It’s natural to do this but think about this deeply. If we could somehow rid the entire world of unfairness and keep people from having excess levels of wealth, status, attractiveness, confidence, power, etc, where would that leave you? How, exactly, would your life get any better?

Maybe we’d all have more of a moderate, but it wouldn’t move the needle dramatically. Jeff Bezos probably should pay his employees more, but that has nothing to do with you, and you still like your packages coming in 48 hours, now, don’t you?

They Don’t Obsess Over Their Digital Life

Keeping up with the Jones’s has always been a sign of insecurity. But with social media and technology, we (including me) have gone off the rails. That episode of Black Mirror where the woman destroys her life trying to get a better ‘rating’ is closer to reality than fiction.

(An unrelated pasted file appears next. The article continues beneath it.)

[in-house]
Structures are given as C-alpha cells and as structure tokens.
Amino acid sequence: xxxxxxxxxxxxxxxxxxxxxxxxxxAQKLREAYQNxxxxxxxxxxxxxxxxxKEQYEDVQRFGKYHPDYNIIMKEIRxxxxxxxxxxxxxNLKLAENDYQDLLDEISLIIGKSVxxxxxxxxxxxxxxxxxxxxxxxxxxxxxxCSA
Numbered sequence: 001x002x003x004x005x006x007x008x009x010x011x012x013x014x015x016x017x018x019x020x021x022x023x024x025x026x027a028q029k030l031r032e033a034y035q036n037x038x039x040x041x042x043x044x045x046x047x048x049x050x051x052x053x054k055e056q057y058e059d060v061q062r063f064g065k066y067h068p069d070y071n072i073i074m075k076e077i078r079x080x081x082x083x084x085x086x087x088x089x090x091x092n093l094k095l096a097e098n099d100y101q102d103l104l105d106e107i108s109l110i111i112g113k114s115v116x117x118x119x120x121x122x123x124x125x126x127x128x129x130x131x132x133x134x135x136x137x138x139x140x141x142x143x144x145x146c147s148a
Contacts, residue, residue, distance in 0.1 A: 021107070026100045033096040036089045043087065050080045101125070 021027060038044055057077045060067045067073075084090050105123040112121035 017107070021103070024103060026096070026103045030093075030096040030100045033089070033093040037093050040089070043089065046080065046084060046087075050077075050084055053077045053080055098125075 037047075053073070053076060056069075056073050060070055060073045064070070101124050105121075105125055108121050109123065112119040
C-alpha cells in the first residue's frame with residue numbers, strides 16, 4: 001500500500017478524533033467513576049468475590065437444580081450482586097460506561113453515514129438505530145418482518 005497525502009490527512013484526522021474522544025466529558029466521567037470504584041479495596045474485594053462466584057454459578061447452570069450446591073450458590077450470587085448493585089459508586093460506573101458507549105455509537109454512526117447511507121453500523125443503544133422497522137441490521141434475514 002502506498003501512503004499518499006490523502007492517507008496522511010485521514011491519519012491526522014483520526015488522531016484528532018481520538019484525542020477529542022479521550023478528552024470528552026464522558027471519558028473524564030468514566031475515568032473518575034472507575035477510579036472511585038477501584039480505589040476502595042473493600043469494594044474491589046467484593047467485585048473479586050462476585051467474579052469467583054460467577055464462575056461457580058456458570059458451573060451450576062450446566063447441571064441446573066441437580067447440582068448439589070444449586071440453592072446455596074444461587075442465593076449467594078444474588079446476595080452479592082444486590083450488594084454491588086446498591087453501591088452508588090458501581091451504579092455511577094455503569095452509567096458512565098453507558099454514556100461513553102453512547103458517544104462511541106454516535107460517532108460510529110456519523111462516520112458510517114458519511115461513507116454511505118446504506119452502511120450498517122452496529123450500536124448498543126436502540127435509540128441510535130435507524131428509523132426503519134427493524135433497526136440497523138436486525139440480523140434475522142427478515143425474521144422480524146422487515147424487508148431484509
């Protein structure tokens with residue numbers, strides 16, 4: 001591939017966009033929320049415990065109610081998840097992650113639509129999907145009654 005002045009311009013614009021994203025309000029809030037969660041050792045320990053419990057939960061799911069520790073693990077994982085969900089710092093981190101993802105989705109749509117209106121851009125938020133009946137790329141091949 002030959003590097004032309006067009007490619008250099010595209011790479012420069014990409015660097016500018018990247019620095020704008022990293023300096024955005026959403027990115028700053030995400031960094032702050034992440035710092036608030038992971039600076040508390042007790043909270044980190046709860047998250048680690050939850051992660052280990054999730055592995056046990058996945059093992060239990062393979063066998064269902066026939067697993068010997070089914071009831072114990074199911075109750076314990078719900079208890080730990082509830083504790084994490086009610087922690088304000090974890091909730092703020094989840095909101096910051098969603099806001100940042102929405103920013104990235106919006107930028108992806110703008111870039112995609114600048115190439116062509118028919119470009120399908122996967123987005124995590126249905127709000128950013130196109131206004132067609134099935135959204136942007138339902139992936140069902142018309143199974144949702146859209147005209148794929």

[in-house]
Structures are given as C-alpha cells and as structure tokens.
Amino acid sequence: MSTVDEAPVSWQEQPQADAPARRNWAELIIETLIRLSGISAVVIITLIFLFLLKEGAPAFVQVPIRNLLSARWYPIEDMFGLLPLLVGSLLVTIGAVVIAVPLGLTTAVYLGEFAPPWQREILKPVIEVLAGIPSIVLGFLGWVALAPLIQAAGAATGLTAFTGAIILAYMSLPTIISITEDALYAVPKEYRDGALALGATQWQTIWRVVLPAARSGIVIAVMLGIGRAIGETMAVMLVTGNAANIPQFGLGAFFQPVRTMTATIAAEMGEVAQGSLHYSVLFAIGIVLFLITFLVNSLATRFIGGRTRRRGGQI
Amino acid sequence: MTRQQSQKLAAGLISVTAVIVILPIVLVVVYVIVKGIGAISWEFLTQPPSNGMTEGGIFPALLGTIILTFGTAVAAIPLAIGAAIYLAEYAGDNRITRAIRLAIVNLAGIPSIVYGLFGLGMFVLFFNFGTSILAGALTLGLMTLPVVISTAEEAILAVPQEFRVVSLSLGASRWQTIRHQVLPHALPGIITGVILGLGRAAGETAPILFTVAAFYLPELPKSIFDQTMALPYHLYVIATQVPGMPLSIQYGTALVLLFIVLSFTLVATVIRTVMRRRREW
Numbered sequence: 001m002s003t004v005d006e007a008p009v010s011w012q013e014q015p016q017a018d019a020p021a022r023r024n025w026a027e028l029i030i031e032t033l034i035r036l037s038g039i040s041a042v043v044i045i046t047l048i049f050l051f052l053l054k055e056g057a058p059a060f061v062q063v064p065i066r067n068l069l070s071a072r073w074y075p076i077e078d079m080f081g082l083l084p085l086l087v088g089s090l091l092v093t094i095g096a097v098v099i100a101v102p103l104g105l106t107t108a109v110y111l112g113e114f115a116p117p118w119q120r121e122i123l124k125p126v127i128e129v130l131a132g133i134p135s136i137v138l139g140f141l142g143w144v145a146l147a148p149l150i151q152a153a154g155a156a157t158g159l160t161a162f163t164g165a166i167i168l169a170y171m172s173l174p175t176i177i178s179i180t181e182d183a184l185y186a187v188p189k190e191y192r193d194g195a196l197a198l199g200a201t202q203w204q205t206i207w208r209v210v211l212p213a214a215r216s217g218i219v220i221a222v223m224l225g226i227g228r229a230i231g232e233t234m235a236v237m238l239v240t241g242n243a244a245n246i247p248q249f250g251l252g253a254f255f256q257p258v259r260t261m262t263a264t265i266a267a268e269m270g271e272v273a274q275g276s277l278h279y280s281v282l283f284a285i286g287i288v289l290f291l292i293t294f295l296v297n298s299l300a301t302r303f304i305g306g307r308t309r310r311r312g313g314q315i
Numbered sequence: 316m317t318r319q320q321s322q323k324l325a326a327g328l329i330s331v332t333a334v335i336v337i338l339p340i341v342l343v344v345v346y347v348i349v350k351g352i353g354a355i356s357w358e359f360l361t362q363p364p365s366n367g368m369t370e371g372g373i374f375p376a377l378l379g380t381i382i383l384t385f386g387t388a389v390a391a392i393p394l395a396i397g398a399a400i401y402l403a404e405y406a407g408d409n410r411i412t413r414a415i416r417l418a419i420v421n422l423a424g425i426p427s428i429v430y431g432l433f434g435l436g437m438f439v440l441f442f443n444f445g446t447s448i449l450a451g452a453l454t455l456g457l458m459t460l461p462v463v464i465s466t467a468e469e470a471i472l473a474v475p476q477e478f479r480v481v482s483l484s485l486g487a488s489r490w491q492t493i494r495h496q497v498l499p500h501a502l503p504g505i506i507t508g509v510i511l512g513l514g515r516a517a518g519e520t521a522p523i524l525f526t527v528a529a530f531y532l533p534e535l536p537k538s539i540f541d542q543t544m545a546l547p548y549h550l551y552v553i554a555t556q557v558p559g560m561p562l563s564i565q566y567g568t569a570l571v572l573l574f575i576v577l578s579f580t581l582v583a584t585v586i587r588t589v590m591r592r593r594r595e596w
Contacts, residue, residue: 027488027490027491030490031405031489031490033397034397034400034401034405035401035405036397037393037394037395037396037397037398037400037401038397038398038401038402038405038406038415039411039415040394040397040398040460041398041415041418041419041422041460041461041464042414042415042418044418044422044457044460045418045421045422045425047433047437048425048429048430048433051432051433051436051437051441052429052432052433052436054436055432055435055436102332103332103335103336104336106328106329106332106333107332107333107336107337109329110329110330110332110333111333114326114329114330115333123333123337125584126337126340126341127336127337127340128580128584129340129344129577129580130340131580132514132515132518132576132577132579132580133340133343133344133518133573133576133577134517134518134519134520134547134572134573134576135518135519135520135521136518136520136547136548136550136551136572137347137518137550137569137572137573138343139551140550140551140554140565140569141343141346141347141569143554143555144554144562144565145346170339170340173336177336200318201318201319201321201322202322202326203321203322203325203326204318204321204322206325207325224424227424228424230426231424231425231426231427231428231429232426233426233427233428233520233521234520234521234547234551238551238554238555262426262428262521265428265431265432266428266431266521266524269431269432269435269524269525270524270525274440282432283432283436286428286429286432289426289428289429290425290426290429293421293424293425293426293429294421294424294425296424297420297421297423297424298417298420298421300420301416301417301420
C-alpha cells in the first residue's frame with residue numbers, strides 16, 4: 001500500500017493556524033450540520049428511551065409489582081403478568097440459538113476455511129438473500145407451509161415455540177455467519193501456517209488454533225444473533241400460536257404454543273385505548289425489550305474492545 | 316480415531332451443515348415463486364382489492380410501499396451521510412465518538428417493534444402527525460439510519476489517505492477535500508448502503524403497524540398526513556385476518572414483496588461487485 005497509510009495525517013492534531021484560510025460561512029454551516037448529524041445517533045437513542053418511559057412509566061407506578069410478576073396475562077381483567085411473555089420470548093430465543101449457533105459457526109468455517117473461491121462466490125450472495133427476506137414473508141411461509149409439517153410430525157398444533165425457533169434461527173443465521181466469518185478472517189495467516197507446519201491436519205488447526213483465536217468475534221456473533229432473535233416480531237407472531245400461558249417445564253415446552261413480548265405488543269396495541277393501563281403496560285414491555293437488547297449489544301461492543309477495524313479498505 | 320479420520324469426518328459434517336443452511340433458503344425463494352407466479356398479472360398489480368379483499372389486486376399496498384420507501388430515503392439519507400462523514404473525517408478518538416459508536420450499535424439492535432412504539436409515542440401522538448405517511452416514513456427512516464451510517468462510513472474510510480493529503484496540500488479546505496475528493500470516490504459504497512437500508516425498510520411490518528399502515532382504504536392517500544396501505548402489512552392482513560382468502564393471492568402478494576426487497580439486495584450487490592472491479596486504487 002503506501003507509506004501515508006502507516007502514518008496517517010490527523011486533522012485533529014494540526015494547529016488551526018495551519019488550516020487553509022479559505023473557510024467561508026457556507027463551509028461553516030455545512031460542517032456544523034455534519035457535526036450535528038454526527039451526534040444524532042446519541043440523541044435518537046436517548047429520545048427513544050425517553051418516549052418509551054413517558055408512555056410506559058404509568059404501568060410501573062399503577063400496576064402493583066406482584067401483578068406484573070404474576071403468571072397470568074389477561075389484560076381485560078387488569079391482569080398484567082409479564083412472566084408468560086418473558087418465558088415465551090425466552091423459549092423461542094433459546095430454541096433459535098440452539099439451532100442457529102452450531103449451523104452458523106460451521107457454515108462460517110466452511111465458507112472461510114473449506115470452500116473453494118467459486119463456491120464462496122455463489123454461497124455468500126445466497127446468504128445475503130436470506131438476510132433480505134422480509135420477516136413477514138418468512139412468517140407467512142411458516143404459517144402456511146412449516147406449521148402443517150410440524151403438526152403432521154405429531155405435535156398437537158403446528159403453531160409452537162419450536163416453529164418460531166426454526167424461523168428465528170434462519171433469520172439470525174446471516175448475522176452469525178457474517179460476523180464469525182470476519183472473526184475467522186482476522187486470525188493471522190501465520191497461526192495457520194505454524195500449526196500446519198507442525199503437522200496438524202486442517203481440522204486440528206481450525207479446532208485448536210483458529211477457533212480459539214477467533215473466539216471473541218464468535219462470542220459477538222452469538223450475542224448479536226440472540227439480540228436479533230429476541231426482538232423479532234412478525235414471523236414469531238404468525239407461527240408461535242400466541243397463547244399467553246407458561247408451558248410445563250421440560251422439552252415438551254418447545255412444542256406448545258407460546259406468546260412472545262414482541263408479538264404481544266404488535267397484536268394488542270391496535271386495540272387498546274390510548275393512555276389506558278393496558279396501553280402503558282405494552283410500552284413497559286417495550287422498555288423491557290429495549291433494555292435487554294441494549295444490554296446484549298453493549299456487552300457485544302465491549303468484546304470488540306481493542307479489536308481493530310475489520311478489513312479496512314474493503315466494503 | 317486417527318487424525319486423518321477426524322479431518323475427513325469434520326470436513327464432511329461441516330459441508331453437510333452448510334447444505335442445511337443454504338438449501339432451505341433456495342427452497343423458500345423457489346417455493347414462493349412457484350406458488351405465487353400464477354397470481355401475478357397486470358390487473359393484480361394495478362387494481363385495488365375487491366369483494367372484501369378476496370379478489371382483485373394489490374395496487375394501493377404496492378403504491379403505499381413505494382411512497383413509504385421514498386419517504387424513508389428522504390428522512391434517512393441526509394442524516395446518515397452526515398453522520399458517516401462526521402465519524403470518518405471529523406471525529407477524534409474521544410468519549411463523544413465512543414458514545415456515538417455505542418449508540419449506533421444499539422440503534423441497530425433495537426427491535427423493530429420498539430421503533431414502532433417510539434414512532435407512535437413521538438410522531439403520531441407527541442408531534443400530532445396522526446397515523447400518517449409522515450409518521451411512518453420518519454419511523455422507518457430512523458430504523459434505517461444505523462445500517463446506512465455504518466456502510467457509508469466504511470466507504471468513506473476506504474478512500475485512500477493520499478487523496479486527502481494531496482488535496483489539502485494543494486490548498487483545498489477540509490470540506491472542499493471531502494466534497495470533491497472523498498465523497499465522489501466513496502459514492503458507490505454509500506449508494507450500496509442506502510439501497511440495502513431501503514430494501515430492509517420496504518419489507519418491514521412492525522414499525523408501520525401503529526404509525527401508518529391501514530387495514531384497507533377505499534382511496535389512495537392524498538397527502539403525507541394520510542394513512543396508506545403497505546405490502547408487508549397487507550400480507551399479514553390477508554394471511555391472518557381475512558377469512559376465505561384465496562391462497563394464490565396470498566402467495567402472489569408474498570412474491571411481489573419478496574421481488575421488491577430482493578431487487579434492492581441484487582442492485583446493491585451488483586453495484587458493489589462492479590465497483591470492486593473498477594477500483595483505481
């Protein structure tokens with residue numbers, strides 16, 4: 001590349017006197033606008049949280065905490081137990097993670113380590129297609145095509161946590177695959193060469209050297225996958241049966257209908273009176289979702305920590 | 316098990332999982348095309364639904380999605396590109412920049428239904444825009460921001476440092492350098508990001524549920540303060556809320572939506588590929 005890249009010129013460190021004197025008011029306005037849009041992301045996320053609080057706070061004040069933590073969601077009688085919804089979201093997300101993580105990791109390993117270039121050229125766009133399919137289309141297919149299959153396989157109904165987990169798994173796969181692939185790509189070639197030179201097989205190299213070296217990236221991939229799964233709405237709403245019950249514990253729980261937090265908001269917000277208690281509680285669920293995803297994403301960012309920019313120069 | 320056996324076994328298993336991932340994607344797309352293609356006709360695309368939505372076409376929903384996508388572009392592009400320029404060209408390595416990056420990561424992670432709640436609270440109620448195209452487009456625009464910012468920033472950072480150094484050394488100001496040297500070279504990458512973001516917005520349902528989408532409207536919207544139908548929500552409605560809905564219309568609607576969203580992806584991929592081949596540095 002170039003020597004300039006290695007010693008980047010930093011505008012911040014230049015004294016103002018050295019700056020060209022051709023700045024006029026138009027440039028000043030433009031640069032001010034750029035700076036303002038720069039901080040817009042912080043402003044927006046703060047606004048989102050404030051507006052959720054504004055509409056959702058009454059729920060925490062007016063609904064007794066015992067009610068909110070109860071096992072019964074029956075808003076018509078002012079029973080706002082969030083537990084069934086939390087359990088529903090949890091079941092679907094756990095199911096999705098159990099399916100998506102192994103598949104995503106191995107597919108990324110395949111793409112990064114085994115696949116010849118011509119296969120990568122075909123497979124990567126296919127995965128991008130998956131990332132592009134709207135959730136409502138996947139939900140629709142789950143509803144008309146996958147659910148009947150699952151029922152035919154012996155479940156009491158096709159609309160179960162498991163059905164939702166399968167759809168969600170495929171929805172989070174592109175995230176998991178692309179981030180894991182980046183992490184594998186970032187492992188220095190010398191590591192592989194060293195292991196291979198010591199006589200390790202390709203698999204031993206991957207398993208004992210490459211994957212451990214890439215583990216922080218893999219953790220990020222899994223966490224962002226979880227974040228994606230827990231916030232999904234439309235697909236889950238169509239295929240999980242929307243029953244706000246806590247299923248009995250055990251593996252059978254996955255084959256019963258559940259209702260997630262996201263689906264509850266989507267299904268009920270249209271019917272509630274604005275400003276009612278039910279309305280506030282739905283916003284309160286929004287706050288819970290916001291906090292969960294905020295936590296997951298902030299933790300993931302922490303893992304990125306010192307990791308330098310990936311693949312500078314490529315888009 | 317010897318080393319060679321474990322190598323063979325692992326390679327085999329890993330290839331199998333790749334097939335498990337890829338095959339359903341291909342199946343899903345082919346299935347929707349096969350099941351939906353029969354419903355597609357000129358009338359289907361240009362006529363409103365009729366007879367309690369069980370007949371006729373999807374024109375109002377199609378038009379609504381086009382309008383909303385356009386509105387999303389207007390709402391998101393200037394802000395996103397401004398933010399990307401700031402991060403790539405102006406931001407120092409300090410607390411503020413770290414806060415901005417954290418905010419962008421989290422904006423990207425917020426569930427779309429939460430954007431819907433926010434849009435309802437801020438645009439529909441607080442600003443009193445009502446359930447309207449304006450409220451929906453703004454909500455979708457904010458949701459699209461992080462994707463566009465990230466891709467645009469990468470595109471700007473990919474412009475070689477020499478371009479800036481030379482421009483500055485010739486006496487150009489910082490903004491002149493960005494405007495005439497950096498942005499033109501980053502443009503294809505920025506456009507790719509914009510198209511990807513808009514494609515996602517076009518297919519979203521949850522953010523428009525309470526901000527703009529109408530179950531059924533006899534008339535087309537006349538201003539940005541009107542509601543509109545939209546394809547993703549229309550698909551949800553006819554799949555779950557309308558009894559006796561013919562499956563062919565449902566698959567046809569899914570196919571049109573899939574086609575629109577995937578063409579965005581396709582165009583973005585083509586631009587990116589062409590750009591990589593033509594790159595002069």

It’s a daunting task in 2020, but confident and secure people lack the need to get validation from the digital world. Social media companies play on us baked in need of validation and literally program our behavior.

Again, this is tough. And none of these recommendations I’m making is all or nothing. In general, you want to try to lessen these insecurity-driven behaviors.

We were once nomadic hunters scared of rejection for fear of being left alone to fend for ourselves. We have that same wiring now, but it drives us to post pictures of our vacations, ‘thirst traps’, our cars and homes, status updates about how cool our lives are, filtered and curated versions of our lives.

You have to strike a balance with this.